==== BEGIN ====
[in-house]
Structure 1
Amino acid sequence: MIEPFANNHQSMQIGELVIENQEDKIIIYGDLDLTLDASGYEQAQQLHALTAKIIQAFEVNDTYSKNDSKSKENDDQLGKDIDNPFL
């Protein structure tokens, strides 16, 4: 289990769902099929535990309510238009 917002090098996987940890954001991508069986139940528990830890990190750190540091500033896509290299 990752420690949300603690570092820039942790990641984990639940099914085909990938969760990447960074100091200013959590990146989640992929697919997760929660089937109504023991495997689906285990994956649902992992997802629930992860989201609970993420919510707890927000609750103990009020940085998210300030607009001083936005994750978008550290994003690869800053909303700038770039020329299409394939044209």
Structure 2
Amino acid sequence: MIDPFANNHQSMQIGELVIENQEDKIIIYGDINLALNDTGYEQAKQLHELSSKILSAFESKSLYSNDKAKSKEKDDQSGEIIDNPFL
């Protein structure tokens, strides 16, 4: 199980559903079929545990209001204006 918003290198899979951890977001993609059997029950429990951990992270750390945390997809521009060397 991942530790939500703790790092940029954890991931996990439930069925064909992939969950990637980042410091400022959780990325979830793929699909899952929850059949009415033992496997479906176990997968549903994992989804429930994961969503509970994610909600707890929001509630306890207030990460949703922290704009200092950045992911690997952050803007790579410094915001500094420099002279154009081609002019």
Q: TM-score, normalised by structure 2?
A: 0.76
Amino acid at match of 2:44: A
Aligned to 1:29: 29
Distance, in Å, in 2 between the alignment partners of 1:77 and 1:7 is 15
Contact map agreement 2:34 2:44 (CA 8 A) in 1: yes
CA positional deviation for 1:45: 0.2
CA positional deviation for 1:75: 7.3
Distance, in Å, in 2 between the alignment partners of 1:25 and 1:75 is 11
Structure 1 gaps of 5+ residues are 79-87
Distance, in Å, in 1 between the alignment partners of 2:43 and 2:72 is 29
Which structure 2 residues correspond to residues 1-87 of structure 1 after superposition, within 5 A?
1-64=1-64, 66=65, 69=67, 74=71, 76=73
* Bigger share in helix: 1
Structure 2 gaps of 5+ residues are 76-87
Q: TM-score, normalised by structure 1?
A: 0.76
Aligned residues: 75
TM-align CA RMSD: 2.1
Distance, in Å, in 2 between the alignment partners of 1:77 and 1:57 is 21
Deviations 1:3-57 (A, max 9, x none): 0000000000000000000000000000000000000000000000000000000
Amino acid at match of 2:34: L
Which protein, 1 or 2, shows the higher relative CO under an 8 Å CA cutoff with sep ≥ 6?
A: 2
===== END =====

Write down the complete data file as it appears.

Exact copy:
[in-house]
Structure 1
Amino acid sequence: MIEPFANNHQSMQIGELVIENQEDKIIIYGDLDLTLDASGYEQAQQLHALTAKIIQAFEVNDTYSKNDSKSKENDDQLGKDIDNPFL
């Protein structure tokens, strides 16, 4: 289990769902099929535990309510238009 917002090098996987940890954001991508069986139940528990830890990190750190540091500033896509290299 990752420690949300603690570092820039942790990641984990639940099914085909990938969760990447960074100091200013959590990146989640992929697919997760929660089937109504023991495997689906285990994956649902992992997802629930992860989201609970993420919510707890927000609750103990009020940085998210300030607009001083936005994750978008550290994003690869800053909303700038770039020329299409394939044209």
Structure 2
Amino acid sequence: MIDPFANNHQSMQIGELVIENQEDKIIIYGDINLALNDTGYEQAKQLHELSSKILSAFESKSLYSNDKAKSKEKDDQSGEIIDNPFL
């Protein structure tokens, strides 16, 4: 199980559903079929545990209001204006 918003290198899979951890977001993609059997029950429990951990992270750390945390997809521009060397 991942530790939500703790790092940029954890991931996990439930069925064909992939969950990637980042410091400022959780990325979830793929699909899952929850059949009415033992496997479906176990997968549903994992989804429930994961969503509970994610909600707890929001509630306890207030990460949703922290704009200092950045992911690997952050803007790579410094915001500094420099002279154009081609002019």
Q: TM-score, normalised by structure 2?
A: 0.76
Amino acid at match of 2:44: A
Aligned to 1:29: 29
Distance, in Å, in 2 between the alignment partners of 1:77 and 1:7 is 15
Contact map agreement 2:34 2:44 (CA 8 A) in 1: yes
CA positional deviation for 1:45: 0.2
CA positional deviation for 1:75: 7.3
Distance, in Å, in 2 between the alignment partners of 1:25 and 1:75 is 11
Structure 1 gaps of 5+ residues are 79-87
Distance, in Å, in 1 between the alignment partners of 2:43 and 2:72 is 29
Which structure 2 residues correspond to residues 1-87 of structure 1 after superposition, within 5 A?
1-64=1-64, 66=65, 69=67, 74=71, 76=73
* Bigger share in helix: 1
Structure 2 gaps of 5+ residues are 76-87
Q: TM-score, normalised by structure 1?
A: 0.76
Aligned residues: 75
TM-align CA RMSD: 2.1
Distance, in Å, in 2 between the alignment partners of 1:77 and 1:57 is 21
Deviations 1:3-57 (A, max 9, x none): 0000000000000000000000000000000000000000000000000000000
Amino acid at match of 2:34: L
Which protein, 1 or 2, shows the higher relative CO under an 8 Å CA cutoff with sep ≥ 6?
A: 2